I have hit a breakthrough part 2!!

    The fun part is that western medicine avoids "cures", and finding causes, they only treat results, so they have customers for life. If you wont take my word for it, I recommend a great book I'm reading by Kevin Trudeau. The name of the book is "Natural Cures "They" Don't Want You to Know About".

  8. #8
    Registered User
    Join Date
    Dec 2007
    Posts
    81
    Likes
    0 Received
    Likes
    0 Given

    Re: What causes and could actually treat KP?

    Kevin Trudeau is a scam. look him up, dateline ripped him apart.

  9. #9
    Banned User
    Join Date
    Jun 2005
    Posts
    243
    Likes
    0 Received
    Likes
    0 Given

    Re: What causes and could actually treat KP?

    Quote Originally Posted by Chris89 View Post
    According to a site (that I can't post the link to), the redness is caused when a pore becomes blocked, and your body sends blood to it to "help". I'm not sure what to believe about the redness, but if your skin is exfoliated (with AHA) faster then it can become a problem (KP), pores will not become blocked, no infection, or inflammation will occur.
    Actually, we're both right. When oil and/or dead skin/keratin is trapped in the pores, bacteria normally found on the skin infiltrate, feed and breed inside the clogged hair follicles. As our body fights the bacteria, the skin becomes inflamed, and bumps appear.

    So, as I said, the best approach to treating KP is to unclog the pores, control bacteria and reduce inflammation.
    (actually, this is the approach to treating acne, but by now I know that it also applies to KP)

  10. #10
    Registered User
    Join Date
    Jan 2008
    Posts
    92
    Likes
    0 Received
    Likes
    0 Given

    Re: What causes and could actually treat KP?

    Quote Originally Posted by Hope4thebest View Post
    Actually, we're both right. When oil and/or dead skin/keratin is trapped in the pores, bacteria normally found on the skin infiltrate, feed and breed inside the clogged hair follicles. As our body fights the bacteria, the skin becomes inflamed, and bumps appear.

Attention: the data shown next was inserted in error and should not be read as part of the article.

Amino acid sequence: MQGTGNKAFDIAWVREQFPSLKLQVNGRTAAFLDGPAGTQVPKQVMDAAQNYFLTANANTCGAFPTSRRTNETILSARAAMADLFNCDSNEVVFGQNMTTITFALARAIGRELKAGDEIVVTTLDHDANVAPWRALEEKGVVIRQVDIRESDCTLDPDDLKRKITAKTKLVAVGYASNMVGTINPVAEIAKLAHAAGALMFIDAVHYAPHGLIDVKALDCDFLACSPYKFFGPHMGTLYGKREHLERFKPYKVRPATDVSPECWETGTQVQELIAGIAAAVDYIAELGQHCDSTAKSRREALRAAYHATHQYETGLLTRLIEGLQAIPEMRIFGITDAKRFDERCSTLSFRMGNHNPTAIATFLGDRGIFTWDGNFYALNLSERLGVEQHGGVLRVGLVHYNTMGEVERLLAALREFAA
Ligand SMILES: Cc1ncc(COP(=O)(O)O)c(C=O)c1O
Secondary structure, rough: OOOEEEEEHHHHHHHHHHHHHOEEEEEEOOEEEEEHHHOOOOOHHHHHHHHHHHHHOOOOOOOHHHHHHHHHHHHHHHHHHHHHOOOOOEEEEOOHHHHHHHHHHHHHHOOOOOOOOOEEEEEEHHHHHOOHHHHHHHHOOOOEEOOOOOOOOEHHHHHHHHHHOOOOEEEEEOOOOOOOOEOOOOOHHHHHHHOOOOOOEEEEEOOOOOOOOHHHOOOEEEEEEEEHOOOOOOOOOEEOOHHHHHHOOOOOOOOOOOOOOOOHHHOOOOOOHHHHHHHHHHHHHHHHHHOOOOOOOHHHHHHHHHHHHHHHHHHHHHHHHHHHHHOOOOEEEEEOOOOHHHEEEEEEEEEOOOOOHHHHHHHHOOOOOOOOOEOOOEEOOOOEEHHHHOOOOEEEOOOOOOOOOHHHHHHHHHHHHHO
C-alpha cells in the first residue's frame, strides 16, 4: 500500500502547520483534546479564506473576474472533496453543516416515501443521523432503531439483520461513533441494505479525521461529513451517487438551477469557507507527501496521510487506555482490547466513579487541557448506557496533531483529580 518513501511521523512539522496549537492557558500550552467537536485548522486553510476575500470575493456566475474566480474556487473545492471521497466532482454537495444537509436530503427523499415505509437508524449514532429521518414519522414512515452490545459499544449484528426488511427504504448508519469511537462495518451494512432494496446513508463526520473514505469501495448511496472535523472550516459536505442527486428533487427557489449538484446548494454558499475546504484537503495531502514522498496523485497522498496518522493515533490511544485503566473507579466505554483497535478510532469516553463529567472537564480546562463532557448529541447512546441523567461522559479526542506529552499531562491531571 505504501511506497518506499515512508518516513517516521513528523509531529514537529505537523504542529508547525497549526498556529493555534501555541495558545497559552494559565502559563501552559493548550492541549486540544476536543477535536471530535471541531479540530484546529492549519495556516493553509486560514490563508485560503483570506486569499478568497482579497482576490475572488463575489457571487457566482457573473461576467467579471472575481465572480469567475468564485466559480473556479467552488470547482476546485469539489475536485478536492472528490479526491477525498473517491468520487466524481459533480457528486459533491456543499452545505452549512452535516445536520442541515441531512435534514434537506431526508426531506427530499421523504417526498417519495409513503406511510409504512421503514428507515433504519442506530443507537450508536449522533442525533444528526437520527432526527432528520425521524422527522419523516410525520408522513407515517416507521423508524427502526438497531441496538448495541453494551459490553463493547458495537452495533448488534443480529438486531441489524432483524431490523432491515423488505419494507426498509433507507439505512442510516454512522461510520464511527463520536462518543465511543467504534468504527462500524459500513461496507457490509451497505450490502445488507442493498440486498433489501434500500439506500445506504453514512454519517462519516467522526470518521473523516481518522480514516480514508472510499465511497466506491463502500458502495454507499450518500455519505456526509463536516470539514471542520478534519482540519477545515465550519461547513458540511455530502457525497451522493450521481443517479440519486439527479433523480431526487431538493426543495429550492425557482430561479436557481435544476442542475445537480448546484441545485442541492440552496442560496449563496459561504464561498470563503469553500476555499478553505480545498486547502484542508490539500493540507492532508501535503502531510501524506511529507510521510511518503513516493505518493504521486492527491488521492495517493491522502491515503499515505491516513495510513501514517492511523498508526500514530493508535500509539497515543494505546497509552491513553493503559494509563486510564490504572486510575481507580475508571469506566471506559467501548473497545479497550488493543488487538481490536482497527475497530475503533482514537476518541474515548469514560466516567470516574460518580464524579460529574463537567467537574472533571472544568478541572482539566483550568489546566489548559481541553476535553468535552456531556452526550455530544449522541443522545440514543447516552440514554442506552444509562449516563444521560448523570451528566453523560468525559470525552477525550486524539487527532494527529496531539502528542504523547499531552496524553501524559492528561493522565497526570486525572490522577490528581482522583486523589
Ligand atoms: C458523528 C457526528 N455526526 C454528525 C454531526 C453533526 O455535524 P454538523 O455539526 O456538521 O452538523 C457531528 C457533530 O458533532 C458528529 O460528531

So, as I said, the best approach to treating KP is to unclog the pores, control bacteria and reduce inflammation.
    (actually, this is the approach to treating acne, but by now I know that it also applies to KP)
    This also explains acne medications, like Retin-A, working to improve KP on the face (which is usually mistaken as acne). I would not recommend Retin-A on the body, because 1 its so damn expensive, and it thins the skin. It would be very hard to apply to the body as well, and you would need to use a ton of it. Retinoids also are used to increase cell turnover rate, they do not break down layers of dead skin, like Glycolic. Correct me if I'm wrong.

    In my opinion, a high percentage AHA lotion is about the best option for KP on the body, from the knowledge we currently have available. I can also say that for the KP on my face and chin, the retinoid gels help reduce the bumps, but the red and brown patches take 6 months+ to get rid of. Be patient with an AHA lotion on your body. It might get rid of the bumps, but the spots that are clogged deep with keratin and skin may take a LONG time to clear up, because Glycolic (as far as I know) sheds the top 2-3 layers of dead skin, therefore what's deep in the pore takes awhile to remove, because new keratin and skin is being deposited in your pores 24/7. I haven't tried Glycolic yet, but I'm going to experiment with it (face/body). I will make a Thread about my success on a later date. Probably 6 weeks from now. I will be sure to include before/after pics.

Thread Information

Users Browsing this Thread

There are currently 1 users browsing this thread. (0 members and 1 guests)

Similar Threads

  1. 2 Ways To Treat KP:
    By TheShotOne in forum General Discussion
    Replies: 57
    Last Post: 10-13-2012, 11:55 PM
  2. How should I treat this?
    By ohhnessa in forum Treatment Options
    Replies: 7
    Last Post: 07-26-2011, 08:41 AM
  3. Do I have KP? Help, how should I treat it?
    By Shinra Tensei in forum Teen Talk
    Replies: 6
    Last Post: 07-23-2010, 08:56 PM
  4. How to treat KP from the inside out
    By Hope4thebest in forum General Discussion
    Replies: 2
    Last Post: 05-29-2008, 02:29 PM
  5. TREAT KP FROM THE INSIDE OUT
    By Archive in forum Old Forum Archives
    Replies: 4
    Last Post: 08-14-2002, 12:00 AM
About KeratosisPilaris.org

Keratosis Pilaris is a very common benign genetic skin condition. KeratosisPilaris.org is the definitive resource for KP on the internet.

KP appears as rough or bumpy skin on the back and/or outer sides of your upper arms. The severity of the symptoms varies from person to person. You can also manifest it on the face as a natural blush (known as KPRF or Keratosis Pilaris Rubra Faceii).

This community is composed primarily of KeratosisPilaris.org community members, but is also open for those interested in the topic.

Links
  • Link 1
  • Link 1
  • Link 1
  • Link 1
  • Link 1
  • Link 1
Follow Us
Get Involved
Our site is primarily run by voluntary editors and we are always on the look for committed people that can join the core editorial/moderator team to help us better manage the site. Get involved!